Thursday, January 10, 2008

Unexpected Gifts

The poem can take even the writer to unexpected places. The place between beginner's mind and surprise: always available to discovery, the way children continuously re-discover the existing world. Each time you see a sunset, do you say, I've seen a million sunsets before; or do you say, I've never this sunset before? Each time is new. There are no repeats, only attractors.



One early morning in August 2003, I was at Gathering at Zuni Mountain Sanctuary in western New Mexico. I woke up at dawn, the sun warming my tent through the east-facing tent door. It was going to be another hot, sunny day in the high desert of the Checkerboard region near Ramah, New Mexico. It wasn't hot yet, though, but the sunlight felt good on my skin. I got out of the tent, put on my boots but no other clothing, and took a walk in the morning light.



I was camped under some pinon pine near the edge of the Sanctuary camping area, near the entrance road. I decided to walk out the road to the front gate and back. It felt a little daring to take a morning walk nude. No one was around, though. I enjoyed feeling the warm sunlight on my skin.



Out by the front gate, the neighbor's horses had wandered onto the land again; they got out of their corral sometimes, and wandered over to our grazing. The stallion was being very protective of his mare, but I stood and leaned on the fence, and we communed for awhile, anyway.



As I walked, I thought about one of the other campers, who had taken a similar naked walk out to the front gate on a previous morning. We saw all of the same things, yet nothing we saw was the same. No repeats, just attractors. His telling me about his early morning walk inspired me to take mine.



The annual Southwest monsoon had started earlier that week, and even though this particular morning was clear and bright, every evening spectacular cloud formations covered the sky, sometimes giving us some rain. The desert plants were in prolific bloom, making a carpet of bright color across the desert and surrounding mesas.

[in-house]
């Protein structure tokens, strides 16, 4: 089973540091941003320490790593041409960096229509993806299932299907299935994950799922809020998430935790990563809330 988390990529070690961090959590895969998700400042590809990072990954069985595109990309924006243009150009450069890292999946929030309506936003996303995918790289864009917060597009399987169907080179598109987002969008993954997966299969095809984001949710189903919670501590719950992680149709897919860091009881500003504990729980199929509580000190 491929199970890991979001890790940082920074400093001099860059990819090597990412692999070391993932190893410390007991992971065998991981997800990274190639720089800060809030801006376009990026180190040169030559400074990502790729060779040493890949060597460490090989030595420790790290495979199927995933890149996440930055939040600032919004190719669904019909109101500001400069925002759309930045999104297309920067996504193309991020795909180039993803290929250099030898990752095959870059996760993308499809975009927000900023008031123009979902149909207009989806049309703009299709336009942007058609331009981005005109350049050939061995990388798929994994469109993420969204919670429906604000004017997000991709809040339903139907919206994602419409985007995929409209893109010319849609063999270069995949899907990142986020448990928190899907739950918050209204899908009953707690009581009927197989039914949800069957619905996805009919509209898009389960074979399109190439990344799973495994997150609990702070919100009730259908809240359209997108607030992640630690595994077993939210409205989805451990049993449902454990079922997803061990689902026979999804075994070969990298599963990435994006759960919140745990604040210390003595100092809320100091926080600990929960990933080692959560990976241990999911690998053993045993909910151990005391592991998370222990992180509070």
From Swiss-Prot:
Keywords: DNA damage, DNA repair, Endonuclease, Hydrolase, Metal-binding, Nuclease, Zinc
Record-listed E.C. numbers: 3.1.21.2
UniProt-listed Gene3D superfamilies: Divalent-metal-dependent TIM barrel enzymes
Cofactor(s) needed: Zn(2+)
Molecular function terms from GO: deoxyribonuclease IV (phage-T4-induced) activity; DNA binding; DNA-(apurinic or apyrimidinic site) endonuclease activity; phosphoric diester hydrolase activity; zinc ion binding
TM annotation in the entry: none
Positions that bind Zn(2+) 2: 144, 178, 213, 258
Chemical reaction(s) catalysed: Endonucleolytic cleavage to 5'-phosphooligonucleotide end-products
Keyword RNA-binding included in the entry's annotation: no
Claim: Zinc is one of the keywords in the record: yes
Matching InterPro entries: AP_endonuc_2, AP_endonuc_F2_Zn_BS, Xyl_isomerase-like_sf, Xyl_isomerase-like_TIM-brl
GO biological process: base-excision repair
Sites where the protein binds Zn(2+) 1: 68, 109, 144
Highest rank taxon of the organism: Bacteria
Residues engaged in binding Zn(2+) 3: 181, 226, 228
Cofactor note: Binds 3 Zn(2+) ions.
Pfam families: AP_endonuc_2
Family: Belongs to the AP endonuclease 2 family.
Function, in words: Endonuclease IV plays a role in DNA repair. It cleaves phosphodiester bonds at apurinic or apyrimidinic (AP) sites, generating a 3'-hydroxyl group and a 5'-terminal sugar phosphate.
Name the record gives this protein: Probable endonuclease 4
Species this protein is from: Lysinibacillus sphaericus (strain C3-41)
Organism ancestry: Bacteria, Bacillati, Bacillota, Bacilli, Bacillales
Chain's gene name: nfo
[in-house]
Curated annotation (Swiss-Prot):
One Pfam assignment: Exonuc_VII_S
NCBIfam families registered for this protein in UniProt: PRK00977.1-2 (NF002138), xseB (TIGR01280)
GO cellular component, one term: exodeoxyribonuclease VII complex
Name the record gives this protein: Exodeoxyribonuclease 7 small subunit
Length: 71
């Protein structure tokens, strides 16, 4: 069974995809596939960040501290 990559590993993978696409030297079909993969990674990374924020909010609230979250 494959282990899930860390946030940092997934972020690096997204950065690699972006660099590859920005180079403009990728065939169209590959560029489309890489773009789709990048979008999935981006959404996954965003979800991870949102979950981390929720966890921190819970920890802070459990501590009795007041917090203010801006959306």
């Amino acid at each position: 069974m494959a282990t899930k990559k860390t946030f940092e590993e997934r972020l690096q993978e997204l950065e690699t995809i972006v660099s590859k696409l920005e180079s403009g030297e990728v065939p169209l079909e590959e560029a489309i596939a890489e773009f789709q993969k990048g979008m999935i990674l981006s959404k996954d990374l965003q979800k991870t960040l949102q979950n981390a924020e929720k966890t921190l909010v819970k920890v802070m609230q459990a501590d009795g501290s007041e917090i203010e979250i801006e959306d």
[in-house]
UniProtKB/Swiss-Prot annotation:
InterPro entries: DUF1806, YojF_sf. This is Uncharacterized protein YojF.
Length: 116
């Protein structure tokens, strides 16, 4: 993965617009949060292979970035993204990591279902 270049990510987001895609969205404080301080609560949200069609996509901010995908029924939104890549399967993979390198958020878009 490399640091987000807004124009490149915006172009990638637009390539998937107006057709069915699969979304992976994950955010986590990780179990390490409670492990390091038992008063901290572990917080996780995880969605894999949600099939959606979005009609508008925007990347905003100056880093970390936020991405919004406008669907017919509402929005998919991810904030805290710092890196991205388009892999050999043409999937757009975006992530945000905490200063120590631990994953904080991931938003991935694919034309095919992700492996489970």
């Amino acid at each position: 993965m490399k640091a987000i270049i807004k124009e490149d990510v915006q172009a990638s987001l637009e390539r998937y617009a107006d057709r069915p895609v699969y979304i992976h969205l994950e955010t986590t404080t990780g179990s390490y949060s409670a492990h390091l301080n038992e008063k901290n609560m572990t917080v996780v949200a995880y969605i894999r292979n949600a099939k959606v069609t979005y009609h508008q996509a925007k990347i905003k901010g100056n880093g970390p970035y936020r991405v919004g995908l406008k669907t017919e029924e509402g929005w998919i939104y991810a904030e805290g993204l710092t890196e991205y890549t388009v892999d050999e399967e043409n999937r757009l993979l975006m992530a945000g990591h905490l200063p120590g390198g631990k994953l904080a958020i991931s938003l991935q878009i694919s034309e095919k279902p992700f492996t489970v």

The skies in New Mexico are among the most beautiful in the United States: a never-ending show, never repeating, always changing. Some of the most vivid sunsets I have ever seen have been out there near Ramah, or up at Taos.



Each time you see a sunset, do you say, I've seen a million sunsets before; or do you say, I've never this sunset before?





Unexpected Gifts

to shard and shatter, the wind cries: resolve.
to archway, soaring cloud, bright calm wave: a lintel.
every arm unarmored. mandible of shell in sand.
surficial exclamation of afterbirth: killdeer. killdeer.
sage and sacrifice: bright shimmer. tornadic, silver: spent.

silver god man abrupt in surf, transparent, skyborne.
gestured arms open to sun scathe. turquoise eyelet.
black gaze of benediction and regret: scale, armor, hide.
wavering apparition of the dream-blessings of seals:
limpid, mercurial. to fold arms and float. dispersed to shower.

nautilus chambers of the hearts of river-bathed sea-otters.
silent black eye watching: headflick, dive, return. hawk cries.
stand on olivine shore, become oceanic. merge with one rock.
sentinels of pelicans: shearing what must be shored.
rust rock and stain concretion eye. this shore: watching.

nothing of you left here but steps into a sand-locked archway:
wave-eaten trail: terminal tear: where you stepped
between light and flicker. nothing left but a hole in the air.
beach, shore, arch: now empty. nothing left but waveslosh and gullcry.
to that shy silent sky, slow moving: to give yourself: away.

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1 Comments:

Blogger candice salazar said...

wow! I am no expert but this poem is just simply amazing! A long poem with haiku elements in it.I've not read anything like this before. Thanks...inspiring

11:44 PM  

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